Civil War Tour
Explore Civil War battle sites, antebellum mansions, famous cemeteries and more in this tour!
Prior to the Civil War, Natchez was home to more than 500 millionaires, second only to New York. More than a dozen of the palatial mansions built by wealthy cotton planters are open for tours all year; many more welcome visitors during Natchez’s annual Spring and Fall Pilgrimages. Arrive in time for lunch and allow time for a visit to the Natchez City Cemetery, where the marker inscriptions recount poignant tales from the distant past. Spend a fun-filled evening exploring Natchez Under-the-Hill. Once the notorious lair of riverboat gamblers, thieves, and ladies-of-the evening, Under-the-Hill is now a colorful area of shops, restaurants, and 24-hour casino gaming.
NATCHEZ TO VICKSBURG
Spend the morning touring more magnificent mansions. Then, enjoy lunch in one of the tour homes and browse the city’s antique shops or take a carriage ride through historic downtown. Washington, a small community just north of Natchez, was once known as the "Versailles of the Mississippi Territory." Jefferson College, the first educational institution chartered in Mississippi, conducted its first classes here in 1802. Today, the oak-shaded antebellum campus is a museum. From Washington, take the scenic Natchez Trace Parkway north. Along this route you may stop to visit Springfield first land grant African-American college in the United States. Next stop is Port Gibson, the town Union General Ulysses S. Grant proclaimed "too beautiful to burn." Most of the antebellum homes and churches are located along Highway 61, making for an easy walking tour. Take an interesting side trip to the Ruins of Windsor, the crumbling remains of the largest antebellum mansion ever built in Mississippi. Windsor survived the Civil War only to burn to the ground in 1890 at the hands of a careless smoker. Located just north of Port Gibson, the 400-acre Grand Gulf Military Monument Park encompasses a Civil War fort, cemetery and earthworks, a small but excellent museum of Civil War artifacts, and several restored antebellum buildings. Continue north to Vicksburg, where you’ll enjoy a sunset dinner overlooking the Mississippi River.
View the film "The Vanishing Glory" as an introduction to the siege and fall of Vicksburg, one of the most famous Civil War battle sites. The capture of the city was crucial to the Union victory. After 47 days of fighting, Confederate General John C. Pemberton finally surrendered the city to Grant on July 4, 1863. Nicknamed "Vicksburg’s Attic," the Old Court House Museum is packed with antebellum and Civil War-era artifacts. The Court House building was itself a Civil War target – until Union prisoners were moved into the upstairs courtroom. After lunch, spend the afternoon exploring the Vicksburg National Military Park, 1,800 acres of earthworks, cannons, and monuments. A local historian will re-create the siege and battle as you tour the battlefield, noting the marked Union and Confederate lines and monuments honoring soldiers from both sides of the conflict. Also displayed at the Military Park is the USS Cairo, a Union ironclad sunk by the Confederacy and raised after more than a century underwater.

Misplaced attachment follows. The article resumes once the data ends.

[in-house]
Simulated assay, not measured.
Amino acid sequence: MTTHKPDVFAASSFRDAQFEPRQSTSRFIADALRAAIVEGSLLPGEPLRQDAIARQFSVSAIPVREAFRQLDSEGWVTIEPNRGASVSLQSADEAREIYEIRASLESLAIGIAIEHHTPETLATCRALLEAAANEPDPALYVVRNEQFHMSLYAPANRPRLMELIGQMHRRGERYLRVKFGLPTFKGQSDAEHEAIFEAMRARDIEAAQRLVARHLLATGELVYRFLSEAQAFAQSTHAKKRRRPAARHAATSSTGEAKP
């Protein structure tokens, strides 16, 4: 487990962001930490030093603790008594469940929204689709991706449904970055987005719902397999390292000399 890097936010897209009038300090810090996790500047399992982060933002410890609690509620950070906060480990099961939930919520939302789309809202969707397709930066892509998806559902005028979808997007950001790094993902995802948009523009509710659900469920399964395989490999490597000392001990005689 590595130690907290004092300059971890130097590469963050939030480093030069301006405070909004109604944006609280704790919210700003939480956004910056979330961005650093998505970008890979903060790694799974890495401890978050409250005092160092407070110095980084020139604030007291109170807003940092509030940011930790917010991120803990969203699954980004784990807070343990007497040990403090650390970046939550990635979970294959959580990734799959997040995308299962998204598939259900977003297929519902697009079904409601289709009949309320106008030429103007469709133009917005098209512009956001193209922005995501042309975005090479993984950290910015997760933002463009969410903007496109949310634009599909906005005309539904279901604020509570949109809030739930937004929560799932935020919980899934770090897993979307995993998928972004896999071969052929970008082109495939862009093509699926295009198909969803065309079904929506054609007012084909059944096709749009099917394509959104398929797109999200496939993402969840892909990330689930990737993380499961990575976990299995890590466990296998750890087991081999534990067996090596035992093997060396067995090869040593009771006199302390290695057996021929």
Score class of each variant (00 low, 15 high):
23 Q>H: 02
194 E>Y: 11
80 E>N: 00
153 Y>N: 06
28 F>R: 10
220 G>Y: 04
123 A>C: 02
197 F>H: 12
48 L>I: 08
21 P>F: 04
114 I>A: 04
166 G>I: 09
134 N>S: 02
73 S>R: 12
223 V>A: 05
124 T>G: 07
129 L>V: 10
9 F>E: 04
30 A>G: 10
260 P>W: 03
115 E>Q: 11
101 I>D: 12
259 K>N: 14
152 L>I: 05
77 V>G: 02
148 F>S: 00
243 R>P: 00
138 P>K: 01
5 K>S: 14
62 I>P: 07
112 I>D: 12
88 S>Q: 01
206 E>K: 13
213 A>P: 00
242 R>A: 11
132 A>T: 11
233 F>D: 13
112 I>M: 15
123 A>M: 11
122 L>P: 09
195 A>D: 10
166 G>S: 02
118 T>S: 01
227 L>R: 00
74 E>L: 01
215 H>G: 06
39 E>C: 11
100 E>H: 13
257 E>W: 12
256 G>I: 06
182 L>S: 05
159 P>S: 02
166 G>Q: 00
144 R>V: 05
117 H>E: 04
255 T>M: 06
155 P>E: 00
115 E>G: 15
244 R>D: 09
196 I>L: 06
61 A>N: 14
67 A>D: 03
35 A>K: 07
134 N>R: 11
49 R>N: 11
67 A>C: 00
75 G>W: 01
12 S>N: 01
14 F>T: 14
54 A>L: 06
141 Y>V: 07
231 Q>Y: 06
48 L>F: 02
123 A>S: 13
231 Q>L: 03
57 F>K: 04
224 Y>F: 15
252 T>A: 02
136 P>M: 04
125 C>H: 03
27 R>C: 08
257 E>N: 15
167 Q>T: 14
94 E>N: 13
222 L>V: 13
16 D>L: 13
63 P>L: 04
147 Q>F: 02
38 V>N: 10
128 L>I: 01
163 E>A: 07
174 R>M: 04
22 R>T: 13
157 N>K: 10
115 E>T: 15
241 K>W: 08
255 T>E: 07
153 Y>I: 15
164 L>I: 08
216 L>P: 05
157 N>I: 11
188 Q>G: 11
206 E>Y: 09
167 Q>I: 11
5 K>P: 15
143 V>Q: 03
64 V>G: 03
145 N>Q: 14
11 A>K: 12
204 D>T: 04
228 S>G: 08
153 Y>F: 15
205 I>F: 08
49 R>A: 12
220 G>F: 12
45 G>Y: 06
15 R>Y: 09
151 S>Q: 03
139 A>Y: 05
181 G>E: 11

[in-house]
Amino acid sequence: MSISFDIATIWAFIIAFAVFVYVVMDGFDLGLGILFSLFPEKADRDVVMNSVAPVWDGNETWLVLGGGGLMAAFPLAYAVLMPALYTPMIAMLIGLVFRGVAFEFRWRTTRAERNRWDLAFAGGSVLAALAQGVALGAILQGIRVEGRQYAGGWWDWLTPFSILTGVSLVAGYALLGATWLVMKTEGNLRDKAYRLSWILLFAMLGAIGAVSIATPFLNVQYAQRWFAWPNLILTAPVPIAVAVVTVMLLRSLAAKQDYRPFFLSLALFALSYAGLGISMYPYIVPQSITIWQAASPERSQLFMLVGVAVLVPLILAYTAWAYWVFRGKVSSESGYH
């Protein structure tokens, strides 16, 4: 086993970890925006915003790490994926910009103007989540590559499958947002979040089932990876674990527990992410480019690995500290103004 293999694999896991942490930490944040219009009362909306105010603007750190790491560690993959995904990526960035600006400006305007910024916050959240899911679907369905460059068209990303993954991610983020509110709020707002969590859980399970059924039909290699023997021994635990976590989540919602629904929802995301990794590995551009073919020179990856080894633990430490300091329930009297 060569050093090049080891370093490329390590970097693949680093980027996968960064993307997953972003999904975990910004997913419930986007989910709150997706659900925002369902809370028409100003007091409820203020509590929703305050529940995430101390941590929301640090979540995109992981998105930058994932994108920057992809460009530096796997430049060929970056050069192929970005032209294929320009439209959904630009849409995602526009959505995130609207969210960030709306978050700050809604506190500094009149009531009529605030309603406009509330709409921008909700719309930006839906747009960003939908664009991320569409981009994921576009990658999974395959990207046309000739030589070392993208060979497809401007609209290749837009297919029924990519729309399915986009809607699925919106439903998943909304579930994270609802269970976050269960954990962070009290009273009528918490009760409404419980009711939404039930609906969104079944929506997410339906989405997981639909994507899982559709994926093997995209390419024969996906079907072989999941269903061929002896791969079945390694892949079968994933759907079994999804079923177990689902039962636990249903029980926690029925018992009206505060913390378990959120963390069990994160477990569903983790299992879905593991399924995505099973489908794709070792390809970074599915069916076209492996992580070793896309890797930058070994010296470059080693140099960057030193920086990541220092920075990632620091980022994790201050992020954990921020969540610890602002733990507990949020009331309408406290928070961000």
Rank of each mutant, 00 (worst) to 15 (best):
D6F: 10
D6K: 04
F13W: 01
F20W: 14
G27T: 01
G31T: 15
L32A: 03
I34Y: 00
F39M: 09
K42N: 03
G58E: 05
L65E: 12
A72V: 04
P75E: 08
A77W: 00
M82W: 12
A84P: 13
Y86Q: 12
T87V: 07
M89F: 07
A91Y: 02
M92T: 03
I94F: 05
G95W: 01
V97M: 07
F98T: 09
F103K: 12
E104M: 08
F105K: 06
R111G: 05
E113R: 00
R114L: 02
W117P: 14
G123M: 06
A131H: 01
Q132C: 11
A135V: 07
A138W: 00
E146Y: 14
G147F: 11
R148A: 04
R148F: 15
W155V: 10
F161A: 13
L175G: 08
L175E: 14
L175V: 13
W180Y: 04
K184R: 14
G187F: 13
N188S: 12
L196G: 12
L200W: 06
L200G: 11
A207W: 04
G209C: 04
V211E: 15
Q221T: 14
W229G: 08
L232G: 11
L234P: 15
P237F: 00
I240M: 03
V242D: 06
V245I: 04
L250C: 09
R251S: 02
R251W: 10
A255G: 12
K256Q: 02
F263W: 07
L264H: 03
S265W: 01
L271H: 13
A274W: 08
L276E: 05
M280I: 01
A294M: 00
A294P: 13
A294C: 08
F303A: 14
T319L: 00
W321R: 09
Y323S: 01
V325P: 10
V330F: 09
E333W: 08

VICKSBURG TO JACKSON
Traveling east toward Jackson, Mississippi’s capital city, you’ll pass the site of the Battle of Champion Hill in Edwards, another of our famous Civil War battle sites. The Confederate loss at Champion Hill led to the fall of Vicksburg, and ultimately, to the collapse of the Confederacy. During the 1860s Union troops reduced Mississippi’s capital city to a smoking ruin, earning Jackson the dismal nickname "Chimneyville." Tour the 1842 Governor’s Mansion, which served as a Civil War hospital, and the magnificent Old Capitol Building where the Ordinance of Secession was passed in 1861. After lunch, stroll the colorful, formal gardens outside antebellum City Hall, and then tour the Manship House, home of Jackson’s Civil War-era mayor. Spend the rest of the afternoon exploring Jacksons’s art, natural science or agricultural museums before enjoying a delicious meal in one of the capital city’s fine restaurants.
JACKSON TO TUPELO
From Jackson, take the famed Natchez Trace Parkway north toward Tupelo, following a scenic route dotted with marked historic sites. The Tupelo National Battlefield features a large memorial, cannons, and interpretive markers recounting the Battle of Tupelo, which pitted Union forces led by General A. J. Smith against Confederate troops commanded by the legendary General Nathan Bedford Forrest.
TUPELO TO CORINTH & HOLLY SPRINGS
Continue north to Baldwyn and the 836-acre Brice’s Crossroads Battlefield, site of a major victory for Confederate General Nathan Bedford Forrest. Continue to Corinth, site of the bloodiest battle in Mississippi history, an infamous spot amongst Civil War battle sites. The Corinth Civil War Interpretive Center offers a presentation on the battle and the city’s significance to the conflict. Reminders of the war are found in the well-marked park, Battery Robinette; the Corinth National Cemetery, final resting place for hundreds of soldiers; and in miles of earthworks found throughout the city. From Corinth travel to the picturesque town of Holly Springs, where General Ulysses S. Grant held a city under occupation. During this time, his wife and son were housed at Walter Place Estate. While Grant stockpiled supplies for General Sherman's attempt to invade Vicksburg, General Van Dorn, CSA, conducted a raid to destroy those supplies, successfully delaying the fall of Vicksburg. The lovely home called Airewood served as Grant's headquarters in Holly Springs, and thirteen Confederate generals rest among the stones of serene Hillcrest Cemetery. The Marshall County Historical Museum is currently preparing to house the largest collection of Civil War memorabilia in the state.